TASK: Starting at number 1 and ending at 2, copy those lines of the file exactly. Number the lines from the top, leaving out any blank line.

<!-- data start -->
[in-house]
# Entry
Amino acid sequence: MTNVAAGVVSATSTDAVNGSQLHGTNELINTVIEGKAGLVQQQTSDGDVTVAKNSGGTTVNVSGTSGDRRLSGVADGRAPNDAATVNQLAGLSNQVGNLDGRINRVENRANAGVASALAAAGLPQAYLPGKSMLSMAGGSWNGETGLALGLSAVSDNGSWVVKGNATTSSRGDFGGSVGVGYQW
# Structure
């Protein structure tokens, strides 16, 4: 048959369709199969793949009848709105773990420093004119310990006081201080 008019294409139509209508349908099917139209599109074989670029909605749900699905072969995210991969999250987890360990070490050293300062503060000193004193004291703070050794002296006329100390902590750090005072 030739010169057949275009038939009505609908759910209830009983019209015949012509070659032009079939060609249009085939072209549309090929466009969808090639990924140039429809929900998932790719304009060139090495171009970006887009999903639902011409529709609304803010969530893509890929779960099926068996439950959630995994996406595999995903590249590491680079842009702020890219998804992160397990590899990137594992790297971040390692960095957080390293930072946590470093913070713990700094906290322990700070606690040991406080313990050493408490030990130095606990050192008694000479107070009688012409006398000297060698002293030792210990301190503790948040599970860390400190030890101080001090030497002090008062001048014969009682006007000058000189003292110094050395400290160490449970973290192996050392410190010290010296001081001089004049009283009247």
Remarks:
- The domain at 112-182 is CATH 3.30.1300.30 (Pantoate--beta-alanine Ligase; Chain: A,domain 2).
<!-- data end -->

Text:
[in-house]
# Entry